We investigated early emotion processing based on the EPN component. This component is more negative for emotional stimuli compared to neutral ones (Schupp et al., 2004). Considering the inspection of the grand average of ERPs and the literature review, we selected the mean latency of EPN component between 320 and 400 ms with a time window of 300-400 ms post-stimulus (Zhang et al., 2014) in p7, p8 electrodes.

2.4. Statistical analysis 
Repeated measures Analysis of Variance (ANOVA) was used to analyze group differences, comprising the following core factors: hemisphere (left and right), and facial expression (happy, sad, angry and neutral) as the within-subjects variable, and the groups (patients and controls), as the between-subjects variable. Greenhouse-Geisser Correction was applied to the degrees of freedom. P<0.05 was considered as statistically significant. The Paired sample t test was used to analyze significant effects including emotional versus neutral faces. We followed-up the significant effects by a separate repeated measures ANOVA for each group (Wieser et al., 2012). Independent sample t test was used to analyze clinical and demographic characteristics of the groups.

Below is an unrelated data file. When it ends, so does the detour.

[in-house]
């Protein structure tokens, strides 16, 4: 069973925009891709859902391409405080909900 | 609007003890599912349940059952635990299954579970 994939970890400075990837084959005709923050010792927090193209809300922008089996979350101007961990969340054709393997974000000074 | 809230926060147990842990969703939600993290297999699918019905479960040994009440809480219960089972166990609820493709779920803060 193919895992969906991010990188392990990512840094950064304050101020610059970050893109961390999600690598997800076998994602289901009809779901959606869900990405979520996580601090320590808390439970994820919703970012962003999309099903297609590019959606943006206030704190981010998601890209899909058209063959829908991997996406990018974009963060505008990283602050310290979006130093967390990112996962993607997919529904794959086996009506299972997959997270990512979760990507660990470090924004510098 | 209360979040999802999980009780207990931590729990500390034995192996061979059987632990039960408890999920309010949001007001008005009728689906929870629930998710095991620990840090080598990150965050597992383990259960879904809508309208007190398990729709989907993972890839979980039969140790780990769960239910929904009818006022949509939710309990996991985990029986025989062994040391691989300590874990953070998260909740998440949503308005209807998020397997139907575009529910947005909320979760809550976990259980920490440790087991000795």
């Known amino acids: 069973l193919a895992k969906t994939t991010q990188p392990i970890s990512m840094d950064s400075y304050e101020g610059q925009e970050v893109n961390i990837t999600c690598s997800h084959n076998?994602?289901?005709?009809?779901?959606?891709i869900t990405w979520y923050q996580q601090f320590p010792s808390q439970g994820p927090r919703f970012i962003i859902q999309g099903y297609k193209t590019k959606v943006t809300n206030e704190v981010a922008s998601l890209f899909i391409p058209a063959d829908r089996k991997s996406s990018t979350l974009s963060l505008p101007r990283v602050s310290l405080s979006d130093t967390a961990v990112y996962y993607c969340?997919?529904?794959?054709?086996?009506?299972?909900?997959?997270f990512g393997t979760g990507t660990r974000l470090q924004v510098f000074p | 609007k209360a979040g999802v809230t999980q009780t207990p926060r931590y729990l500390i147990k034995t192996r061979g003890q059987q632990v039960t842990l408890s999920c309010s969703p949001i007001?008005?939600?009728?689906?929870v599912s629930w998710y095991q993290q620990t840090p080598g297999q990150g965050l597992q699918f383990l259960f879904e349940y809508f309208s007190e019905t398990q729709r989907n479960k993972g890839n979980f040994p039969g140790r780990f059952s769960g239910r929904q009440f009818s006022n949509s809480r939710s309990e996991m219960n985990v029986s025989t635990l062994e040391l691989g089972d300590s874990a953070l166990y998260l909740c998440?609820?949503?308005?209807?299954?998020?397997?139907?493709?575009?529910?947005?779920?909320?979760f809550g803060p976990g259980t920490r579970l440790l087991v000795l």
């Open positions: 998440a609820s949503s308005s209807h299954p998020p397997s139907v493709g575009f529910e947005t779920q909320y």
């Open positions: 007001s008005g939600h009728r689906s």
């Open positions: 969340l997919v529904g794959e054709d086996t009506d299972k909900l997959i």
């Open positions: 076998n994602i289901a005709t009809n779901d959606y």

3. Results 
3.1. Analysis of demographic data

Characteristics of the ADHD and typically developing groups are summarized in Table 1. The groups were significantly different in terms of ADHD symptoms, based on CPRS-R (P<0.05).

3.2. Signal analysis
With regard to the amplitude of EPN, there was a significant main effect of facial expression (F2.1, 75.72=6.25, P=0.003) using the repeated measures ANOVA. The interaction of facial expression and group was also significant in terms of EPN amplitude (F2.1, 75.72=8.23, P=0.001). There were no significant main effects or interaction with regard to other factors including hemisphere and facial expression, among the groups (P>0.05). Post-hoc analysis revealed significant main effects for sad (P=0.03), happy (P=0.02), and angry (P=0.001) faces, compared to the neutral ones (Figure 2). The significant interaction of facial expression with respect to the group effect indicated that such relative posterior negativity differently expressed in the groups.